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Diagnosing Alzheimer's Disease


One should have a complete medical checkup based on specific markers for Alzheimer's disease, because sometimes what looks like Alzheimer's may actually be another treatable and curable ailment with similar symptoms. You should see a medical doctor, neurologist and/or other health professionals with an interest or specialty in Alzheimer's Disease. Choose someone familiar with the latest developments.


A doctor reviews test results.

The full Alzheimer's workup may include:

      • A complete physical
      • Psychiatric and neuropsychological testing
      • Blood work
      • Urinalysis
      • Chest x-ray
      • Electroencephalography (EEG)
      • Computerized tomography CT scan
      • Electrocardiogram (EKG)

This battery of testing is done to exclude all other conditions that present dementia-like symptoms. "Once all other identifiable conditions have been eliminated, a diagnosis will be given, usually phrased as 'a dementia of the Alzheimer's type,' often listed as DAT. The diagnosis is phrased this way because it is impossible to diagnose Alzheimer's diseasefor sure. It is often said that we can only establish its presence after death by an autopsy of the brain. The brain of a person who has died of Alzheimer's disease is said to be identifiable by the presence of plaques and tangles that show slow physical degeneration of the brain." (The Alzheimer's Sourcebook for Caregivers)


A medical doctor may order a CT scan or an MRI to eliminate strokes and tumors. A doctor may check the thyroid, folate, and B12 levels. A test for syphilis may be done and, for people at risk, an HIV test. Depending on the MD and the patient, a consultation to a neurologist or (if there is an indication) a psychiatrist may be ordered. If all signs point to dementing illness, a diagnosis will be established of possible AD. If the disease progresses over six months to a year and the repeat evaluation is negative (except for the mental status tests) a diagnosis of probable AD will be assigned.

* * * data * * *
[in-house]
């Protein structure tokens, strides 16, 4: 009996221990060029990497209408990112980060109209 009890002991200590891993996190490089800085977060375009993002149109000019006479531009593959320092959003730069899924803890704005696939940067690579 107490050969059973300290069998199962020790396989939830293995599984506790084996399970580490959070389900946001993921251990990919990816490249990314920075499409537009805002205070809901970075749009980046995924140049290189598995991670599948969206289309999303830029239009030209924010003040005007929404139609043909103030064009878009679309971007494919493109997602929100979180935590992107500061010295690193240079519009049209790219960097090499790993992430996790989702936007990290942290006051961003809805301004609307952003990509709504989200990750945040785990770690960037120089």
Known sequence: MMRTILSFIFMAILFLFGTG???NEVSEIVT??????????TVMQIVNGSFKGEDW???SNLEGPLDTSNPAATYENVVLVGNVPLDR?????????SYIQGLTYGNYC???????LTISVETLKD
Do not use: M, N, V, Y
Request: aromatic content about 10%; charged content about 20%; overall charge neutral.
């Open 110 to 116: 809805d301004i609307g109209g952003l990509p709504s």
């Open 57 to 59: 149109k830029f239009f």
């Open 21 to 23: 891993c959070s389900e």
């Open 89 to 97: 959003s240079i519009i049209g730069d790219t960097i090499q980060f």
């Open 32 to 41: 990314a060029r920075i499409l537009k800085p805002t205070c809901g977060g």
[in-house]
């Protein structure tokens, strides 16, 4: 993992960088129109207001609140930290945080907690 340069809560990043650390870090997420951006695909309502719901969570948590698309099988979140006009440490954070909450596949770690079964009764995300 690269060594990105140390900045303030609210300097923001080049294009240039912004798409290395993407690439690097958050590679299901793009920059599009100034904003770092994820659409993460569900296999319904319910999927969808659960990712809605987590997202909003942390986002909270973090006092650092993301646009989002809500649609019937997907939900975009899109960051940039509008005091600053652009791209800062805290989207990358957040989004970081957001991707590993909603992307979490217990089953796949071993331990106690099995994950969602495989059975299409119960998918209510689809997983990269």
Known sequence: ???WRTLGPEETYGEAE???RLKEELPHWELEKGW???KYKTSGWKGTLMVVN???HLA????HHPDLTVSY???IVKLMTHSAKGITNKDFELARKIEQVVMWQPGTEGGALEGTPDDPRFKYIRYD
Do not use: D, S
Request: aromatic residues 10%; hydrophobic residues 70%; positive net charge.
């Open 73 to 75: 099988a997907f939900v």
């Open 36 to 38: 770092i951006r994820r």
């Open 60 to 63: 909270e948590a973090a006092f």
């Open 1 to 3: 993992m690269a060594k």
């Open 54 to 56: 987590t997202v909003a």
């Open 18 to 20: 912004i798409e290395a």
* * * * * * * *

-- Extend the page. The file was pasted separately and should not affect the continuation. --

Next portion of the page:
If the MD does not provide the workup or refer you to a specialist, it might be best to seek a second opinion.

The Various Stages of Alzheimer's Disease (AD)

First Stage  Memory loss is the most notable at this stage. Intellectual capacity is often diminished to the extent that logical thought processes are affected. The individual may become unable to get through normal daily routines, have mood changes, and problems at work. Simple tasks like driving to the store become unfamiliar. The person may become reclusive or appear uninterested in activities.
Middle Stage As AD progresses to the middle stage, the symptoms are more obvious.
Memory loss and disorientation worsen, expressive and receptive language difficulties increase, and independence in activities of daily living is compromised. The patient’s ability to make autonomous healthcare and financial decisions is questionable, and others must assume the role of surrogate decision makers. At this point, difficulty with self-care tasks usually arises. This second stage shows exacerbated behaviors and conditions. There may be sleeping problems, agitation (sundowning), problems communicating, wandering, interference with motor skills, extreme and frequent mood changes, and a need for 24-hour supervision and care. This stage presents the most problem behaviors and can last 2-10 years.
Late Stage Late in AD, all cognitive functions are severely impaired and the person is completely dependent on others for most or all daily living activities. Even long-term memory is significantly compromised at this point. Individuals may misidentify familiar people, places, and objects. Constant supervision is required for the sake of safety and care. This stage shows a failure to thrive. The person may become bedridden and totally dependent, like a child. Not everyone gets to this stage, which can typically last from 1-3 years. 
Final Stage In the final stage of AD, there is little or no language, little purposeful movement, and total dependence on others. Death usually results from sepsis or pneumonia at this stage. At any point in the disease, co-existing medical problems can exacerbate symptoms and hasten decline if not properly treated. In the last stages, the concern should be the patient's comfort. 
  Source, including a more elaborate description and additional links.


Understanding the Diagnosis 

A diagnosis of Alzheimer's Disease usually falls into one of the following three categories:


  1. A diagnosis of probable Alzheimer's Disease indicates that the physician has ruled out all other disorders that may be causing dementia and has come to the conclusion that symptoms are most likely the result of Alzheimer's disease. 
  2. A diagnosis of possible Alzheimer's Disease indicates the presence of another disorder that may be affecting the known progression of Alzheimer's Disease, so that the process is somewhat different than what is normally seen.  In this case, however, Alzheimer's disease is still considered the primary cause of dementia symptoms. 
  3. A diagnosis of definite Alzheimer's requires examination of brain tissue and can be made only at the time of autopsy. Autopsy confirms the presence of plaques and tangles in the brain, which are the characteristic lesions of Alzheimer's, and is the only way to diagnose the disease with certainty.

Information Source

Last updated 09/09/14.